In his book Boundaries and Relationships,* Dr. Charles Whitfield calls this latter group unsafe people, and describes them as those who: “may not really listen to you or hear what you are actually saying, although they may pretend to do so. They may or may not make eye contact with you. They often reject or invalidate the real you and your inner life experience. They may be judgmental or false with you. They are often unclear in their communications. Their boundaries may be blurred, and they may often send you mixed messages. They may be indirect with you, often triangling in another or others when they are in conflict with you. Rather than being supportive, they may be competitive and may even betray you. Overall, the relationship just feels contrived.” [Kindle Location 1747].

I came across the above passage and it really stood out—while I’d experienced what he describes, I’d never formally recognized in my own mind what it means for someone to be unsafe. It certainly doesn’t imply that they’re toxic or abusive in relationships, but rather that they probably aren’t the best people to turn to or place your trust in.

The takeaway for me is that unsafe people will generally not own what’s theirs, will not be accountable for their own projections, feelings, boundaries, mistakes, and ultimately will not be true, trustworthy or loyal friends.

The way I see it, those who are unsafe aren’t bad or ill-intentioned, they aren’t predators or psychopaths (who should be avoided at all costs), out to manipulate or control for their own agenda. But they do have an agenda, of sorts—to be righteous, to be right, to be victims, to not take personal accountability for their actions, words, choices or feelings and to project their fears and negative thoughts about themselves out onto other people. They may be extremely nice, friendly, generous, attentive, and loving, but I find that they’re often lacking in self-awareness, healthy boundaries or both, and they tend to see problems as the fault of others (or the world at large). Their loyalty isn’t assured. They’re more inclined toward judgment and projection than compassion and empathy. When it seems appropriate to them, they may very well betray, dismiss, demean, devalue, accuse or stomp on those who they see as a problem or threat. Their values are different—not wrong, just incompatible with mine.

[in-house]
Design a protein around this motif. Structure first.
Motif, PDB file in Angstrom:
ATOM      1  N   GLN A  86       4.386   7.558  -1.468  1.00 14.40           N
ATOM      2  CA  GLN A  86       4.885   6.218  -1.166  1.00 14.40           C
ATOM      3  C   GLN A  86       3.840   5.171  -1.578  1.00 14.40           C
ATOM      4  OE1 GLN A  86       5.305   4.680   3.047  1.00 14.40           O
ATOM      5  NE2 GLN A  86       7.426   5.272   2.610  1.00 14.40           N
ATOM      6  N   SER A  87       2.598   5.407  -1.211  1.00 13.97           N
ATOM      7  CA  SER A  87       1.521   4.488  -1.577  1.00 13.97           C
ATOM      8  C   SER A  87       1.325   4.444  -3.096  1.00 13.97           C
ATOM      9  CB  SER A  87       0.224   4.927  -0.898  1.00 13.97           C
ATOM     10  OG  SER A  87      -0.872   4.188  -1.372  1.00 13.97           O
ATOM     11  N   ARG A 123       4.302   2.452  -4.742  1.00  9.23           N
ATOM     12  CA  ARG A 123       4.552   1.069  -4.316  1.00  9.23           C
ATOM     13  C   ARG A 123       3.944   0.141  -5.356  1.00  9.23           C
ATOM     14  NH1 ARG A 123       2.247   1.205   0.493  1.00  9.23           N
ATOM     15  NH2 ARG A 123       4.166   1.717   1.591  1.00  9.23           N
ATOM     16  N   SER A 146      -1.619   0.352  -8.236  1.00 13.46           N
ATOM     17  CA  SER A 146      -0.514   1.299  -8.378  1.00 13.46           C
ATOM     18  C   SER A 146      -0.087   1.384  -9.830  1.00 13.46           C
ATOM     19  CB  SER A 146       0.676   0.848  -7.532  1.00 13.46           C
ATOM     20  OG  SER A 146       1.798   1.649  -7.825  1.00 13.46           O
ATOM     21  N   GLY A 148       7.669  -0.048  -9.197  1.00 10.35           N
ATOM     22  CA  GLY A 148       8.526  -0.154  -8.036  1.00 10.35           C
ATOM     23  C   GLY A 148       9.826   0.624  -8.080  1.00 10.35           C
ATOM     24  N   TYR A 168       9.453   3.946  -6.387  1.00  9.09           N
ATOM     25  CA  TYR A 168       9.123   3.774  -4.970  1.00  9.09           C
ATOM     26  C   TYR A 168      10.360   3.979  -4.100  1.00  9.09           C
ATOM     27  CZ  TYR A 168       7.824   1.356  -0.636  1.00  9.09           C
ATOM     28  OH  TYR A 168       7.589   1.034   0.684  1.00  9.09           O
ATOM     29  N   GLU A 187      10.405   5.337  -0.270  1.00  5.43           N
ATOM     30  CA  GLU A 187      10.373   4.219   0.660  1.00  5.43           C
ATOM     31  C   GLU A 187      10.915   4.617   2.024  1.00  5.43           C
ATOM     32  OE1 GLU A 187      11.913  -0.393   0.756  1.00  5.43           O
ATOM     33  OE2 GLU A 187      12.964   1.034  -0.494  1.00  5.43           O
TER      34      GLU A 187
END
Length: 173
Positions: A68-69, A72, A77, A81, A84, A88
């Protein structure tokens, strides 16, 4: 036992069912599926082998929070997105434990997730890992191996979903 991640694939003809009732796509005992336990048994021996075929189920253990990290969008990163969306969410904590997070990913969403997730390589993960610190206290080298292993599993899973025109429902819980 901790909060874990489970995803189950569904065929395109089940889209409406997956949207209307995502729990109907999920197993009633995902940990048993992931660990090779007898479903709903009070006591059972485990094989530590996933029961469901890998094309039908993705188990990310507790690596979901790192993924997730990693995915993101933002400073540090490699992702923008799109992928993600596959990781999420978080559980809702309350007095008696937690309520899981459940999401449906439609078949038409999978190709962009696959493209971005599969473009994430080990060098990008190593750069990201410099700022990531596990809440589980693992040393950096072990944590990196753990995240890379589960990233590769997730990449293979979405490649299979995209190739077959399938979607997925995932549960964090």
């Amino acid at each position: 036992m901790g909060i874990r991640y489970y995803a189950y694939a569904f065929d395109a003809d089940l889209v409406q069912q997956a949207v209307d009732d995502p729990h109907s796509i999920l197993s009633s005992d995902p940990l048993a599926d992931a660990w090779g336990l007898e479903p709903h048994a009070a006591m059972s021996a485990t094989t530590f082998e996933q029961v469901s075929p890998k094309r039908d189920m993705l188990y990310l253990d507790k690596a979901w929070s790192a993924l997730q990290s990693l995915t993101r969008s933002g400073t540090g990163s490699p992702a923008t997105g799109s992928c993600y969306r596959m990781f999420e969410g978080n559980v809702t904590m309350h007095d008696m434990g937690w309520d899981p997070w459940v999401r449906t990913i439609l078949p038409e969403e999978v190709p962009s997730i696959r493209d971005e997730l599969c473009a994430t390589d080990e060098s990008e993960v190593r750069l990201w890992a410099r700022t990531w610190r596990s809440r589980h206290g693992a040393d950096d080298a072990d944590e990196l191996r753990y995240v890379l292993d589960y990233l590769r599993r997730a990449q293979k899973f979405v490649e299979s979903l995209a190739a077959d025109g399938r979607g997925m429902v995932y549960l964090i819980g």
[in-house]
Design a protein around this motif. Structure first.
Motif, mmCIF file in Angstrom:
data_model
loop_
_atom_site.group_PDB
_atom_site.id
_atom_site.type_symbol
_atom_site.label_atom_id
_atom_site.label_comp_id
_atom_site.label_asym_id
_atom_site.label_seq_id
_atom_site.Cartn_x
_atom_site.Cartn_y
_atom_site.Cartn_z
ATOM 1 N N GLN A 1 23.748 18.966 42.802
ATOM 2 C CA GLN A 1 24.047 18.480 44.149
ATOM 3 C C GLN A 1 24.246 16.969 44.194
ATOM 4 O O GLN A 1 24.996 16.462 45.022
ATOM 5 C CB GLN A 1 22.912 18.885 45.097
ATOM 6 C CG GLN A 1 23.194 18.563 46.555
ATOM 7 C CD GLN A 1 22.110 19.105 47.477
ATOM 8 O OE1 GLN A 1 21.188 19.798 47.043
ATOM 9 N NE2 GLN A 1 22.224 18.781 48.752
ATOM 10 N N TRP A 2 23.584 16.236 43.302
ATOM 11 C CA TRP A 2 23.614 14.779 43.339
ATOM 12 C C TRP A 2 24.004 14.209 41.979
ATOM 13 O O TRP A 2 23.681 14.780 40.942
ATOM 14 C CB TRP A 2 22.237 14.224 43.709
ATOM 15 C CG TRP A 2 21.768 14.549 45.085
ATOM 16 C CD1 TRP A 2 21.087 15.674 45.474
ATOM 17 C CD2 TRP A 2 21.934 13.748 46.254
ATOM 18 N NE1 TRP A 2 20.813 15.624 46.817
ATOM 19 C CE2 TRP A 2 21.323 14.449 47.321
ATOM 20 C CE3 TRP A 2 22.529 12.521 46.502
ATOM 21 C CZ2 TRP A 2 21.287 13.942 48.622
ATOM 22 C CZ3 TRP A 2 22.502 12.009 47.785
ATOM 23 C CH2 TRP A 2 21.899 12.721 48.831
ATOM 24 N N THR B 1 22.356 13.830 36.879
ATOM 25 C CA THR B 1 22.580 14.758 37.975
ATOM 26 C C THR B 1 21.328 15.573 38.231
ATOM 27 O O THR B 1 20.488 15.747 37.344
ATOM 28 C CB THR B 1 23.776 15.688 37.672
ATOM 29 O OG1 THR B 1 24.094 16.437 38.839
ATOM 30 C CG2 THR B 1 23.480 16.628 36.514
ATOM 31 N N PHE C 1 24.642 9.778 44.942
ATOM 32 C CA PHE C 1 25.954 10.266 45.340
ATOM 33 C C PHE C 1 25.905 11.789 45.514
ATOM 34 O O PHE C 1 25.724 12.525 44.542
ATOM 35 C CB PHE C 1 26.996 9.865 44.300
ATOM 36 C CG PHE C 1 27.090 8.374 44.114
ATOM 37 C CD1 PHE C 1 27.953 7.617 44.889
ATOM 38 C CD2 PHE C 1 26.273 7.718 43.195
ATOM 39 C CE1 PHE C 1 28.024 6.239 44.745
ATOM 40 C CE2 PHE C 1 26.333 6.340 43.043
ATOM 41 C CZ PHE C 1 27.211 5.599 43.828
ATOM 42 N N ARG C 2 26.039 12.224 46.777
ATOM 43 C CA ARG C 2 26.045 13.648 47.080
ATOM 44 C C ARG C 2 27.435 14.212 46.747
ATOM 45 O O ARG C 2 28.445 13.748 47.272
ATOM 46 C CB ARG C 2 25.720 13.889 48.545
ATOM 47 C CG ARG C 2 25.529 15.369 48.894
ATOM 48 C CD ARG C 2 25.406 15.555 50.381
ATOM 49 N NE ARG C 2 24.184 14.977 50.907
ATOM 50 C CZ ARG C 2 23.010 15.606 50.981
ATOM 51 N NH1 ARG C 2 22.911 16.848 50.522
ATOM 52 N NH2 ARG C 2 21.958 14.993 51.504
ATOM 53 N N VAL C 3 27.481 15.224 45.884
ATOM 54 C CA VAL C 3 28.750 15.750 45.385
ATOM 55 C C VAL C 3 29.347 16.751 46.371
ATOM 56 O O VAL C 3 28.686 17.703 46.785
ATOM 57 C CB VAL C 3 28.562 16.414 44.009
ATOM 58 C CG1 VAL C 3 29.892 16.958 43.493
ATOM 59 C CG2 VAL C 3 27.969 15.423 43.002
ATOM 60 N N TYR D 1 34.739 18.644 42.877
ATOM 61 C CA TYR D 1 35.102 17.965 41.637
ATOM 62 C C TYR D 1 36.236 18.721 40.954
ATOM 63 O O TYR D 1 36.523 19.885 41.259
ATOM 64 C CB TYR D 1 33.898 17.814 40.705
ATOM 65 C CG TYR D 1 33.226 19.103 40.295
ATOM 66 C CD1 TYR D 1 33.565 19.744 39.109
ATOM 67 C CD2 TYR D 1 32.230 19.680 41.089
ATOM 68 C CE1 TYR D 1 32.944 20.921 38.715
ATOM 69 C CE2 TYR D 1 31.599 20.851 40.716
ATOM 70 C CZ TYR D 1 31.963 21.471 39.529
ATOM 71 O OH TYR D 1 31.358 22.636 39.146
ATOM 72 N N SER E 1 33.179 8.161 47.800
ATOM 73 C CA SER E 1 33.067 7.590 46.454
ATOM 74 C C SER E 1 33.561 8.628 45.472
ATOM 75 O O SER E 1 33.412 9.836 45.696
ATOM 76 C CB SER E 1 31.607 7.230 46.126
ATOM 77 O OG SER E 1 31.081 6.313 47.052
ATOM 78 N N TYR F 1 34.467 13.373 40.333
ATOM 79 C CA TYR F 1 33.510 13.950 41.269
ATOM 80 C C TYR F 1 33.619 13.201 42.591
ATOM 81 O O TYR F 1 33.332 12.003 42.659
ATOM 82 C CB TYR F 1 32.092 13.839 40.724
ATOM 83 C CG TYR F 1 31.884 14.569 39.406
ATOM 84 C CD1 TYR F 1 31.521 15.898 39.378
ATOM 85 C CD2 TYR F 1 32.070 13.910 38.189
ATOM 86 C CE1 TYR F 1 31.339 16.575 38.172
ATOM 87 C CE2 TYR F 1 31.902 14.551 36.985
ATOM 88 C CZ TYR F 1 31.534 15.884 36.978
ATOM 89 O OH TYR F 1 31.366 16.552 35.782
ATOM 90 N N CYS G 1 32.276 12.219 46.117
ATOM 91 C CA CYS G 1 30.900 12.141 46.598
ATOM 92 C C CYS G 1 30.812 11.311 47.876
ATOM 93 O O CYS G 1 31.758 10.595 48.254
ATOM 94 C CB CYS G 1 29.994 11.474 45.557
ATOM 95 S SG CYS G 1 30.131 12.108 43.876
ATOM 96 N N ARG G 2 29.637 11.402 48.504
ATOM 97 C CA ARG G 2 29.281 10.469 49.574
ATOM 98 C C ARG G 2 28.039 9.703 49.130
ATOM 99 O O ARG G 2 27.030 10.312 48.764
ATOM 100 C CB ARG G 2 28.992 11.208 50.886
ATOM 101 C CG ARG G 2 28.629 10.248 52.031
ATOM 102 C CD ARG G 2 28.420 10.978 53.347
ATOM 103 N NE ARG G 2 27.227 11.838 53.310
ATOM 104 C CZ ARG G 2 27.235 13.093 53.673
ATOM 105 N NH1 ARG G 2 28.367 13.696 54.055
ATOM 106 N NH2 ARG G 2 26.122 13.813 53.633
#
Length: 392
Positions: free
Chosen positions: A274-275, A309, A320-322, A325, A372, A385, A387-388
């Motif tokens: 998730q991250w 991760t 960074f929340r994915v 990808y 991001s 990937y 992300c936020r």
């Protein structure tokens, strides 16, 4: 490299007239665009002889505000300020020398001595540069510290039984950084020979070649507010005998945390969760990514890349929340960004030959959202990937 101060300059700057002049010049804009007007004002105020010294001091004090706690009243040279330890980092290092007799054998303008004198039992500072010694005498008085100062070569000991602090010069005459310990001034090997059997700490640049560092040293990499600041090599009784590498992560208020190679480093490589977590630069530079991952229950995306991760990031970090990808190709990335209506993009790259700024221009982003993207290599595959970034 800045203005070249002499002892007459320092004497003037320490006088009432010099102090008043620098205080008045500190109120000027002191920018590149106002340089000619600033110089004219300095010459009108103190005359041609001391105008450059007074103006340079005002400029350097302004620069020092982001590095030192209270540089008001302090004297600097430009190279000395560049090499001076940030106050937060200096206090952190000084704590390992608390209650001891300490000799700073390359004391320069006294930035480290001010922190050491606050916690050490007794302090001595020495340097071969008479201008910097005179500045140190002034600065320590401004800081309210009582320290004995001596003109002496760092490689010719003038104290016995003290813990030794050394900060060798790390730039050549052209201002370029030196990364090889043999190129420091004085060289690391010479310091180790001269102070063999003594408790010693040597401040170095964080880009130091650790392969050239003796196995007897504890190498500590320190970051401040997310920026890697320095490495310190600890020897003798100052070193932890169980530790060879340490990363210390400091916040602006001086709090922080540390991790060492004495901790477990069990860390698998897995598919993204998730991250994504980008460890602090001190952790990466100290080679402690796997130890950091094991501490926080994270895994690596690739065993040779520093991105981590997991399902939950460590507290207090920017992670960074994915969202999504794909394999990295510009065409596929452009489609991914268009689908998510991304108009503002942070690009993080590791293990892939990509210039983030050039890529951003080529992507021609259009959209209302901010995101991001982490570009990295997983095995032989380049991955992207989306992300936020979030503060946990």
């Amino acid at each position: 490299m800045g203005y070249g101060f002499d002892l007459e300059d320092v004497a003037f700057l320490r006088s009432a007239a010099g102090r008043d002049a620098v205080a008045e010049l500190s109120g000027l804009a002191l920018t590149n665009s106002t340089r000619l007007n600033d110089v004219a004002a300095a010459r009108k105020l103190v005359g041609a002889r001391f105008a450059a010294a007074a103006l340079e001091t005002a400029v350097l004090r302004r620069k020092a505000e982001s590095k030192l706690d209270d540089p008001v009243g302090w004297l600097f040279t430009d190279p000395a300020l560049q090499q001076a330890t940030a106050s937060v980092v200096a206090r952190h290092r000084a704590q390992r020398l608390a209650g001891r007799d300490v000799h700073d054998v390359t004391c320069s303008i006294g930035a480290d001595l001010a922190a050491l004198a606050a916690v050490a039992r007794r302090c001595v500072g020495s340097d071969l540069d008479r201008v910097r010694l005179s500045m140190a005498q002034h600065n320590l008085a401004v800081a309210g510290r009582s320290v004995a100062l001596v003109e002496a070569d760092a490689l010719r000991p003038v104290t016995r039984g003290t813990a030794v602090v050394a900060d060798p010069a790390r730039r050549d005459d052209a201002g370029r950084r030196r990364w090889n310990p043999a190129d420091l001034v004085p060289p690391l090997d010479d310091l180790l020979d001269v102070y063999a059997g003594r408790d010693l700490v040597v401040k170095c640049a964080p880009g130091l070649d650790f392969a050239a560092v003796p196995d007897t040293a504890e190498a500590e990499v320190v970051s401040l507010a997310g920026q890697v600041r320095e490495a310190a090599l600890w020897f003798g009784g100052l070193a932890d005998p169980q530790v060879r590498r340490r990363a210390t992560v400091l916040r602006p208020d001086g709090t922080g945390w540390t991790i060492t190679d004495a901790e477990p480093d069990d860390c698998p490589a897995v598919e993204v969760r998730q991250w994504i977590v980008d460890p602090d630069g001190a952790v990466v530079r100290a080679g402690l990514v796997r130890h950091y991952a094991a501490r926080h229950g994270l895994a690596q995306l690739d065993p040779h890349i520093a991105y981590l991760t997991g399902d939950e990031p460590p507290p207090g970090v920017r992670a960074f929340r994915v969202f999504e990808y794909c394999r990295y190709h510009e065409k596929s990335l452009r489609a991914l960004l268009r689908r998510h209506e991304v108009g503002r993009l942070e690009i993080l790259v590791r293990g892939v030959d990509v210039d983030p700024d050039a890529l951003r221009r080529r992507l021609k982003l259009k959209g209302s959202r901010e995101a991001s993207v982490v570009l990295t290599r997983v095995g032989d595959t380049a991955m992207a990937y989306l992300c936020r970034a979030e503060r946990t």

It’s possible to have good relationships with unsafe people, even close relationships. But at the same time, it isn’t wise to trust them with your intimate secrets, thoughts or feelings, to expect them to be loyal or empathic, to place confidence in their judgment or authentic responses, or to be vulnerable around them. They could snap if provoked, they could intentionally cross your boundaries if it serves them and get angry if you protest, they could betray your trust, they could kick you when you’re down—not without conscience, but with a large dose of rationalized entitlement. Their rationales and assumptions can be elaborate and rigid. Unsafe people may even feel guilty for their actions—and then project that guilt into even more antagonism toward you, the person they mistreated. Projecting blame, unable to simply own their choices.